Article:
“It was around July 1971 when I received a telegram from Professor Heinz Arndt informing me of the offer of a PhD Scholarship at ANU,” said Dr Paul Chan, founder of and now Vice- Chancellor and President of HELP (Higher Education Learning Philosophy) University in Malaysia, and co-founder of HELP International Corporation.
“I was then at McMaster University, Canada doing a course in Monetary and Mathematical Economics. It was the tail end of the Woodstock-era and during the midst of the Cultural Revolution in China.
“Kam Yoke, my wife, and I took this opportunity and hitch-hiked across UK, Europe, Lebanon all the way to India, back to Malaysia and then Canberra. It was a great experience and this changed our outlook about life and liberalism. When we reached Canberra in November 1971 it was such a quiet place compared to the heady mood of America and Europe.
“What Kam Yoke and I could never forget was the kindness and care of the ANU people. Ruth Doraesman, who worked with Professor Arndt, stocked our fridge with one week’s supply of all the necessary food and condiments.
“I had a memorable and invaluable intellectual journey at ANU. Professor Fisk was a great mentor and guided me patiently.”
Dr Chan explains that it was not all about studious research.
“Kam Yoke and I had been deeply influenced by the idealism of the West, especially with what we observed and experienced in North America and Europe. It was the time of the Black Power and Black Panther Party and Angela Davis. It was the time of student idealism and revolt in London and European campuses. And then the Vietnam War. So, we spent time protesting against the Vietnam War and supported the cause for the improvement of the Australian aborigines. We also sympathised with the ALP, then under Gough Whitlam. What a time. There was a fever in the air.”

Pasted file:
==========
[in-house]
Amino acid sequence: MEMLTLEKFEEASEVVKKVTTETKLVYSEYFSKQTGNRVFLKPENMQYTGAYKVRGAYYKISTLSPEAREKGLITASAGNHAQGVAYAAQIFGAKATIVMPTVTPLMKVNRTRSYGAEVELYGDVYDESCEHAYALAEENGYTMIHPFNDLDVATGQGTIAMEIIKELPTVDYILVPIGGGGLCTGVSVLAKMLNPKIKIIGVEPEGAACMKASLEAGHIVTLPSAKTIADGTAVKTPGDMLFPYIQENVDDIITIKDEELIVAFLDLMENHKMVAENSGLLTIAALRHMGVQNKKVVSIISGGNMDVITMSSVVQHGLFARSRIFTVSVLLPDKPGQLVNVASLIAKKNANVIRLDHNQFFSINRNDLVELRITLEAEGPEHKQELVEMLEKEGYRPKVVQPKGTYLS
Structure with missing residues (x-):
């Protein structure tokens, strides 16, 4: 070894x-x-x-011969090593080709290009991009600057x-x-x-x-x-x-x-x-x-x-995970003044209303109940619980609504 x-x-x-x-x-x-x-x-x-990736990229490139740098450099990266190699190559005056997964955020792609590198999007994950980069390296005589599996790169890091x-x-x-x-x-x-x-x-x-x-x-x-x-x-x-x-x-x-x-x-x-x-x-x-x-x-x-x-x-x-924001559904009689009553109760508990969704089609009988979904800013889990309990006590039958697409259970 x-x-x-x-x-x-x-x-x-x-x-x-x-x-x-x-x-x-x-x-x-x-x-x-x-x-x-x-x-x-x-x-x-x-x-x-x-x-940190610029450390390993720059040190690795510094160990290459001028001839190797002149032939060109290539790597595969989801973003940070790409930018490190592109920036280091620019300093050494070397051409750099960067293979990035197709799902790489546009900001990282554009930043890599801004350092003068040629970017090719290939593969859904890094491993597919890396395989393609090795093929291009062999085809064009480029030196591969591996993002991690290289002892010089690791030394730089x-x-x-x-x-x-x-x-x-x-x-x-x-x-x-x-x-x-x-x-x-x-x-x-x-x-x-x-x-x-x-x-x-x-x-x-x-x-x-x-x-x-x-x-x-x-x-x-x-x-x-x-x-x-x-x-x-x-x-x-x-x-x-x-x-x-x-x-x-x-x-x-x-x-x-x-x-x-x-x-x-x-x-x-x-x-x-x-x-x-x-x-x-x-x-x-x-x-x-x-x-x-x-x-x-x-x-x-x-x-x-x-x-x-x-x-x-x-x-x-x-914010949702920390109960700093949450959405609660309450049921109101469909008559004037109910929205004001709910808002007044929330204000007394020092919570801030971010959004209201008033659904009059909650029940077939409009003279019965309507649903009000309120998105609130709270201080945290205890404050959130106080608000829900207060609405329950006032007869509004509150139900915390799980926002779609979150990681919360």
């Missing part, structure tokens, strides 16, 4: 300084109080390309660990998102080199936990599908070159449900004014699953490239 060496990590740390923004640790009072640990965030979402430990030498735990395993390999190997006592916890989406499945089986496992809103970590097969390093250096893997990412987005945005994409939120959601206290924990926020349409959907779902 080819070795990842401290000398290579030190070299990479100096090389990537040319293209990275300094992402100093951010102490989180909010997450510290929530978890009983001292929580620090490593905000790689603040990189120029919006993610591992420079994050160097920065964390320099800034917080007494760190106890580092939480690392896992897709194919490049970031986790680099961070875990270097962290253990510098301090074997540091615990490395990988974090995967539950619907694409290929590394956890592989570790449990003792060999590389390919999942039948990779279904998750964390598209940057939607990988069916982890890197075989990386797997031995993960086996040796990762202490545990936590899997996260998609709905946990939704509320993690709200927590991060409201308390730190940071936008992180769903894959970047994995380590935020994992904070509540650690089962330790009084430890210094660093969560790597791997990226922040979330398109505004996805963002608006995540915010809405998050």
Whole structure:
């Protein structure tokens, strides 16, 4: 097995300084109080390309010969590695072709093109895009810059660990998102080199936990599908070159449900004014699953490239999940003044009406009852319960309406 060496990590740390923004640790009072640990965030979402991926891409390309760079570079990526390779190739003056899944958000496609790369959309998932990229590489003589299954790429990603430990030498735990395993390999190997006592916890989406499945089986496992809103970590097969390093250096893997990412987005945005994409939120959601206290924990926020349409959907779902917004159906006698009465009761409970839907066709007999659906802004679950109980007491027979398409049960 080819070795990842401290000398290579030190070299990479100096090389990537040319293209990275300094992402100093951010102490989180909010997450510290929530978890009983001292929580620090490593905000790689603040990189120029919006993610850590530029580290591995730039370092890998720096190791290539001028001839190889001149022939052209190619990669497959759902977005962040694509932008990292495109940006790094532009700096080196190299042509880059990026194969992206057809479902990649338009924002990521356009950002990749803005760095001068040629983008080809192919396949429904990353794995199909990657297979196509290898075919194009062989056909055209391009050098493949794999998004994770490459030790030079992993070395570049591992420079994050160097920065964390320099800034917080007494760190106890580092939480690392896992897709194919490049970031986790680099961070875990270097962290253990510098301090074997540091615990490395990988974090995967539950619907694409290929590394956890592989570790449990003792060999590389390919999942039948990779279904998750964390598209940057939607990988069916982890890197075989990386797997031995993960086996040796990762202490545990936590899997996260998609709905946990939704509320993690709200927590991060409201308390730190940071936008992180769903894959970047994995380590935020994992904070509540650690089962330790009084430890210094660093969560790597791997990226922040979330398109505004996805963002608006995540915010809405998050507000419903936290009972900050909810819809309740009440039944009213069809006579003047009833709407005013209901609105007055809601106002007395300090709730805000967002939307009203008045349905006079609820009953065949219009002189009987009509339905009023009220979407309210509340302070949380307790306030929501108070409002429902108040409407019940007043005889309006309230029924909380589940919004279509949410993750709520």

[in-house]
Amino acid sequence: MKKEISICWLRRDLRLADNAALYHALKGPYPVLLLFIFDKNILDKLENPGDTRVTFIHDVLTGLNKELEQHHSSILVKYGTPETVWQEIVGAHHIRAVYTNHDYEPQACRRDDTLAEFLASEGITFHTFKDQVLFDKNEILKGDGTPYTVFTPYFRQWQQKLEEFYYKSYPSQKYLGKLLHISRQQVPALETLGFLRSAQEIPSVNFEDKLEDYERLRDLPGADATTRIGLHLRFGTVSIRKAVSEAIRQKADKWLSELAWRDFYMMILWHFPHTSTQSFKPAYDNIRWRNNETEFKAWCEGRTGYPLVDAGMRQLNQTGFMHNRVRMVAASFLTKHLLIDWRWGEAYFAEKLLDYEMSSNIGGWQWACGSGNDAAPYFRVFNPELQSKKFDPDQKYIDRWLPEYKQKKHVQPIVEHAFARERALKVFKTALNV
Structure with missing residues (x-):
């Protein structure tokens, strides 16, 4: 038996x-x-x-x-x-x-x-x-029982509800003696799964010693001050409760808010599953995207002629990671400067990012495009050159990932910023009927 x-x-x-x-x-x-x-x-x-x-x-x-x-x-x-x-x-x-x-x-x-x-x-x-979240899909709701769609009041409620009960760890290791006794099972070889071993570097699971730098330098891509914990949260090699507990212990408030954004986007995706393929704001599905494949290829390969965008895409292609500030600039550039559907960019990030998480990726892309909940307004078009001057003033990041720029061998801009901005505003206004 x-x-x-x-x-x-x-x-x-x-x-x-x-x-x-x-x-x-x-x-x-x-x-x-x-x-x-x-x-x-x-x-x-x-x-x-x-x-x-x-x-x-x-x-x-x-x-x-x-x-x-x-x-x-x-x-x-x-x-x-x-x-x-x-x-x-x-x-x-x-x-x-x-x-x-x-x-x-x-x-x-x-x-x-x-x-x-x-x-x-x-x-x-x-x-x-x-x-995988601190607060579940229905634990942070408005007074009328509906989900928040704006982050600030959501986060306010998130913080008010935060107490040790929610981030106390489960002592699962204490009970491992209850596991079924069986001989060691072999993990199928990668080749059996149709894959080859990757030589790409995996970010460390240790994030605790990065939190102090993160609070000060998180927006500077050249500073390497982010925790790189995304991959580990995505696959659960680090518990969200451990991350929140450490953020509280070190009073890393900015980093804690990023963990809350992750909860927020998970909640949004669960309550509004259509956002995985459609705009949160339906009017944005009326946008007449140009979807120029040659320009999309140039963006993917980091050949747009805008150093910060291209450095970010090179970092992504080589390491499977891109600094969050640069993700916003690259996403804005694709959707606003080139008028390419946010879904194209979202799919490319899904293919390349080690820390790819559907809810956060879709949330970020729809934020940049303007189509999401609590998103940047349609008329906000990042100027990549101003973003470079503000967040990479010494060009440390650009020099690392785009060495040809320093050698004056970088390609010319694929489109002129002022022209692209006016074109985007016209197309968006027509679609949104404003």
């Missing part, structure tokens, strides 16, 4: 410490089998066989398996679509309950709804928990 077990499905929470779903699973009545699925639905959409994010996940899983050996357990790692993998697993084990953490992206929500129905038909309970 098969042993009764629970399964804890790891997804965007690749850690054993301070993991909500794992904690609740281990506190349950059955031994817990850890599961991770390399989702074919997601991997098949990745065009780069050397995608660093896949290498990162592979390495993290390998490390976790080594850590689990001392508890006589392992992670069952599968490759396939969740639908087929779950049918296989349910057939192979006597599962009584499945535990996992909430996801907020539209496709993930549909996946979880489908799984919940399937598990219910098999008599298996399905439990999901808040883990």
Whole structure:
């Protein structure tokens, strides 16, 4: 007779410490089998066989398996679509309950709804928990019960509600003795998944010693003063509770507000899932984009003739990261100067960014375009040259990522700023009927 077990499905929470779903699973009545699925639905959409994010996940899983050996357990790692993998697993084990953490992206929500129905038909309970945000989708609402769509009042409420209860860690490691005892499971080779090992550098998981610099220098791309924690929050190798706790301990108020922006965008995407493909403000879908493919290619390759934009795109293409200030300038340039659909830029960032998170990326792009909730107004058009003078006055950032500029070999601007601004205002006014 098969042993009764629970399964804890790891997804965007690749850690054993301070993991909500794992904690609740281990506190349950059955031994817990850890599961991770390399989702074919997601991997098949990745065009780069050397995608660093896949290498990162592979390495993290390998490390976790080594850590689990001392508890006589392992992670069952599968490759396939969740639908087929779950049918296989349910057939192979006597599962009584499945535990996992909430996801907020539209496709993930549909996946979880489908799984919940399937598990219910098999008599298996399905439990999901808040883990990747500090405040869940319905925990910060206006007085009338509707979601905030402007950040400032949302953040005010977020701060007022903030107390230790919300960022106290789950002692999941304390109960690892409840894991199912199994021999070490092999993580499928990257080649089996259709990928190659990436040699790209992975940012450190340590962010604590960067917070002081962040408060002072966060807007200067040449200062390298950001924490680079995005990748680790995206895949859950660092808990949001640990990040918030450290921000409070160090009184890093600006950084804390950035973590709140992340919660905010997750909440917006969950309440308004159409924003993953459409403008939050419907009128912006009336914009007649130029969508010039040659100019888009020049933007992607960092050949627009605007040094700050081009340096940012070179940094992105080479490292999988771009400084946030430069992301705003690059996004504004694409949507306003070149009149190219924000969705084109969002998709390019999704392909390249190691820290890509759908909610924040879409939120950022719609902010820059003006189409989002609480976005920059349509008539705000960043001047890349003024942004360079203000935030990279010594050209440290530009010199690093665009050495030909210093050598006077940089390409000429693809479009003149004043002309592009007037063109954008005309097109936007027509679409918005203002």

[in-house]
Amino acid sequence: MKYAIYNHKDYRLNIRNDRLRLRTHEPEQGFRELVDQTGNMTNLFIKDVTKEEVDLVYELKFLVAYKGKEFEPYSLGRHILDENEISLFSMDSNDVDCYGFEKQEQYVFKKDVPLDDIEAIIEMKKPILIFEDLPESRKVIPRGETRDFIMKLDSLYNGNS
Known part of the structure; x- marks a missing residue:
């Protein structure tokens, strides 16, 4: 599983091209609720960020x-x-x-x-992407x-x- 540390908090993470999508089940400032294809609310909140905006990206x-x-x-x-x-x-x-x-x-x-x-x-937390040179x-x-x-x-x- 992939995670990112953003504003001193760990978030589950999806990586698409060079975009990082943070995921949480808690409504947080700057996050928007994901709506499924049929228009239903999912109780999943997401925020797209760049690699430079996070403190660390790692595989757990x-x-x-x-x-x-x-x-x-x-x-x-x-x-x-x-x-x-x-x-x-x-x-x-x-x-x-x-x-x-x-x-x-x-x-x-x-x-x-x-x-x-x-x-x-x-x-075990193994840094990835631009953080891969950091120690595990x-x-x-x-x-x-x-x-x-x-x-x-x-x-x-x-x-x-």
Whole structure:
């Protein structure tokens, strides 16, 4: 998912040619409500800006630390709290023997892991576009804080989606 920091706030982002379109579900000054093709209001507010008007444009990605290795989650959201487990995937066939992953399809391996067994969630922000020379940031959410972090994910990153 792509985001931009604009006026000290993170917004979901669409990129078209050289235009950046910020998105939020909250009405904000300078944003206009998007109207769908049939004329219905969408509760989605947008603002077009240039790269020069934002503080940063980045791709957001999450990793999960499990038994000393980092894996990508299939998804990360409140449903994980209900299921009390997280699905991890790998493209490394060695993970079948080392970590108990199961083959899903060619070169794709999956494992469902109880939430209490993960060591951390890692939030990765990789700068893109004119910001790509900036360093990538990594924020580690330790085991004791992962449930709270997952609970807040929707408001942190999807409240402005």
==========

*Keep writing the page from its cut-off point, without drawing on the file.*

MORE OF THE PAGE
Dr Chan recalls the early ‘70s, when Canberra was a small place. He and his wife developed their own fraternity.
“We developed a long lasting relationship and friendship with many Australians. We did many crazy things: tobogganed in the Snowy Mountains, picnicked at the Blue Mountains, rushed through the back lanes to Sydney for ‘Fiddler on the Roof’, drove to Hay Street market in Sydney at four in the morning to have yam cha and roast duck, barbecued around Lake Burley Griffin, crawled the pubs, fished for oysters and abalones in Batemans Bay, ate my daily meat pies, and demonstrated a lot about all sorts of social and political causes.”
“We shopped at Fyshwick and I could not understand why they called me ‘Mike’. I worked out they were calling me ‘mate’.
“I am extremely proud to be an ANU graduate. It has given me my future, and that of my family. My ANU education gives me not only the academic skills, but also the leadership competency to be a social entrepreneur.
With these skills, confidence and courage, Dr Chan and his wife started HELP University as a social business enterprise and dedicated our lives ‘to help people to succeed in life and to live a life of significance’.
“We do this because ANU and the Australian people have given us our future and so we now do the same for others.”